Campuses must sign up by March 15, 2013, and CIRCLE anticipates issuing confidential institutional reports by June 1, 2013. Questions can be directed to the project director, Nancy Thomas.

How does your campus measure students’ civic learning and political engagement? How would NSLVE data be useful? Share your thoughts and questions below.




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Total Comments: 7
Marlene posted on 1/16/2013 6:12 PM
This sounds very promising...thank you for the tip on this new tool!
Laura posted on 1/17/2013 8:40 AM
It is incredible that this data is available; I had no idea. Thank you for sharing!
Mark posted on 1/17/2013 7:34 PM
"We must remember that intelligence is not enough. Intelligence plus character -- that is the goal of true education. The complete education gives one not only power of concentration, but worthy objectives upon which to concentrate."

With these words, Dr. Martin Luther King, Jr. succinctly captures the essence of many of our shared missions of education. We are all in the business of turning out students of character who are inclined towards civic learning and engagement with democracy.

The NSLVE will be a useful tool to gauge our students’ character development through democratic involvement with the simple fundamental metric of voting – a right that we can never take for granted!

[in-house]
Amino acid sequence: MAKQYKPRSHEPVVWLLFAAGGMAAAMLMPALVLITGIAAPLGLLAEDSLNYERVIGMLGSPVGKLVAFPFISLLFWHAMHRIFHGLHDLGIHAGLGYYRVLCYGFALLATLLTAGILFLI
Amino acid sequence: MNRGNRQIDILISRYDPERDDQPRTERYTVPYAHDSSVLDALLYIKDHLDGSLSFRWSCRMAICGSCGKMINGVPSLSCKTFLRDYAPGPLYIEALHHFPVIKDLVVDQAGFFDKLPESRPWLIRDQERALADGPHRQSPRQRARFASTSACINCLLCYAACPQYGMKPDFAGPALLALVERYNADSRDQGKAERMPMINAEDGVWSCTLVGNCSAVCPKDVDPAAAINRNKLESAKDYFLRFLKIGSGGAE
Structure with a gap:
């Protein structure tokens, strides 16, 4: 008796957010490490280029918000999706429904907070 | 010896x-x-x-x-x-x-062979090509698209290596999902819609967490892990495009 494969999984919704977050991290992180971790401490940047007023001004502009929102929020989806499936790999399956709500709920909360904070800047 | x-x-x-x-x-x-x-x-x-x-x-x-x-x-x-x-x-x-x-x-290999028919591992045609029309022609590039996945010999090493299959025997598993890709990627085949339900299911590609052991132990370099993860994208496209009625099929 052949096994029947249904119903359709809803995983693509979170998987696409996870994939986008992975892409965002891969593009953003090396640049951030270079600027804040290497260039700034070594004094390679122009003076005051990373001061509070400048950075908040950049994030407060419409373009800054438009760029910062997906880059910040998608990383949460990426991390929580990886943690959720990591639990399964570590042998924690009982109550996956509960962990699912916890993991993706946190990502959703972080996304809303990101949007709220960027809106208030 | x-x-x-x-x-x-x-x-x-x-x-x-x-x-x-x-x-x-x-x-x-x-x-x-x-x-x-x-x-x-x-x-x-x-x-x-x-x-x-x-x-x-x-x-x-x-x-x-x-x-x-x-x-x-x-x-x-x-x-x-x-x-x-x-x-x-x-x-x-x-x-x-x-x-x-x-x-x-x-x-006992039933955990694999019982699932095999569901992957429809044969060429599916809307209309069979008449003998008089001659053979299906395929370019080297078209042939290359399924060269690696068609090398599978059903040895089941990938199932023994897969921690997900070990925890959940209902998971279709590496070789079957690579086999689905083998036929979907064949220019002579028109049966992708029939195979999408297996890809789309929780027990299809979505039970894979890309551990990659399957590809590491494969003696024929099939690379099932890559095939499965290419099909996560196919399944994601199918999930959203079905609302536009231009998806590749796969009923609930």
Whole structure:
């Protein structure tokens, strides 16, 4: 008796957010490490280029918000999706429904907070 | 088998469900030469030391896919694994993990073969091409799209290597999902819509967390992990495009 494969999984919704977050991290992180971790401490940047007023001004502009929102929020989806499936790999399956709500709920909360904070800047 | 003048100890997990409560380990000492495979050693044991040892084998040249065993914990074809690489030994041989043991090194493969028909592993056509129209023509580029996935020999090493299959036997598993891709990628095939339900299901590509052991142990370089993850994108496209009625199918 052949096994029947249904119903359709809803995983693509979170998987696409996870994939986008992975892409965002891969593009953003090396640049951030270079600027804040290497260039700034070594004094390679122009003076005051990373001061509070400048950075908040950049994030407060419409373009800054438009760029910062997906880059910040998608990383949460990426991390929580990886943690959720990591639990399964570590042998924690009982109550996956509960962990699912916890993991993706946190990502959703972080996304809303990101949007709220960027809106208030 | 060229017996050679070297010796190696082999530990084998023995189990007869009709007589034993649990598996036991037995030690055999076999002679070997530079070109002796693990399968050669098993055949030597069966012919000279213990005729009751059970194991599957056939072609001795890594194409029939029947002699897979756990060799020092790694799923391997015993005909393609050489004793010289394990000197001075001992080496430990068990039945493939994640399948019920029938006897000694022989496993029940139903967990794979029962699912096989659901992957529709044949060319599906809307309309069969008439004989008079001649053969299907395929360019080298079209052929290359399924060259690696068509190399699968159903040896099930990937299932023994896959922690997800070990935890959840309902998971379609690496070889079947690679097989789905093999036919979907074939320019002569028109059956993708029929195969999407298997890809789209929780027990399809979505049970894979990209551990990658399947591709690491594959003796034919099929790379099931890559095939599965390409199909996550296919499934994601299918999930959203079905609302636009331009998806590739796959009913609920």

Mike posted on 1/18/2013 4:53 AM
This looks great. Unless there are security or confidentiality concerns, it looks like a no-brainer to decide to participate.

Which is the one downside: they may get flooded with participants, and will have to produce a huge number of reports, especially if there are a number of consortia or special studies being requested. I wonder what their capacity is ... how fast can they churn out the reports? Maybe instead of joining a consortium (their website says that multi-institutional comparisons will take longer), maybe it would be better to settle for a generic report, and the members of the consortium could share their results with each other (thus saving NSLVE the work of having to produce a multi-institutional report, and in theory getting the results more quickly)?